Why You Need to Bleed Your Trolley Jack
As a closed system that relies on hydraulic pressure to generate lift, you might think that a trolley jack is invulnerable to air contamination. Actually, this is far from the truth. In abstraction, it would be the case that because of the closed nature of a hydraulic floor jack, it would be expected that no air could penetrate the system and there would therefore be no need for bleeding.
Unfortunately, the world doesn’t operate in abstract, and hydraulic trolley jacks are not always perfect. The cylinder is ended by valves and seals, and air can pass through these over time. If a crack in the seal occurs, you’ll find that the reliability of the jack becomes compromised, and the jack might actually not be safe to use. The release valve can also draw air in during use which again becomes trapped within the hydraulic system. This makes looking after your trolley jack essential.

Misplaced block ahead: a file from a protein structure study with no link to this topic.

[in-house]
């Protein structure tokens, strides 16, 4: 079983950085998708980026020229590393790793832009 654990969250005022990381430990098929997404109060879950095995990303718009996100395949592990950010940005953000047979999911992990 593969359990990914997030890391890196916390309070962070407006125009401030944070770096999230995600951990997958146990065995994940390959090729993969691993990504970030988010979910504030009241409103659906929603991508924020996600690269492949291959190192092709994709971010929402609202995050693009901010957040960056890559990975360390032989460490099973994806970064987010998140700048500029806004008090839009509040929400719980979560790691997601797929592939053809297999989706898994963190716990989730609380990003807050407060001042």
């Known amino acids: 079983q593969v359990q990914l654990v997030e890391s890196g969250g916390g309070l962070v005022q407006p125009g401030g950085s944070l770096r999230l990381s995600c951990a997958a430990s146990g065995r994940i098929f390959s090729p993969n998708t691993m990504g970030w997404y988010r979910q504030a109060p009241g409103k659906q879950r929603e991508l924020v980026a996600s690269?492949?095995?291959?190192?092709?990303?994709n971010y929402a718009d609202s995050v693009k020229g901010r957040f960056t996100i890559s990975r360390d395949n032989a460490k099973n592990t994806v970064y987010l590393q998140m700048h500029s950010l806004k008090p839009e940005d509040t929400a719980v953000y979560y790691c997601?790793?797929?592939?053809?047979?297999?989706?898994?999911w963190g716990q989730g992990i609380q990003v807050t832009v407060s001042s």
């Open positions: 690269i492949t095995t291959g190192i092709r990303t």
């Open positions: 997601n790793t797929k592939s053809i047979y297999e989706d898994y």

You can remedy this by bleeding your jack following a quick and simple procedure. If you really want to ensure the longevity of your jack, and that it works to its optimum level of performance, it’s something that you’ll need to master. So without further ado, here’s a short guide that explains how to bleed your trolley jack and why you really ought to do it.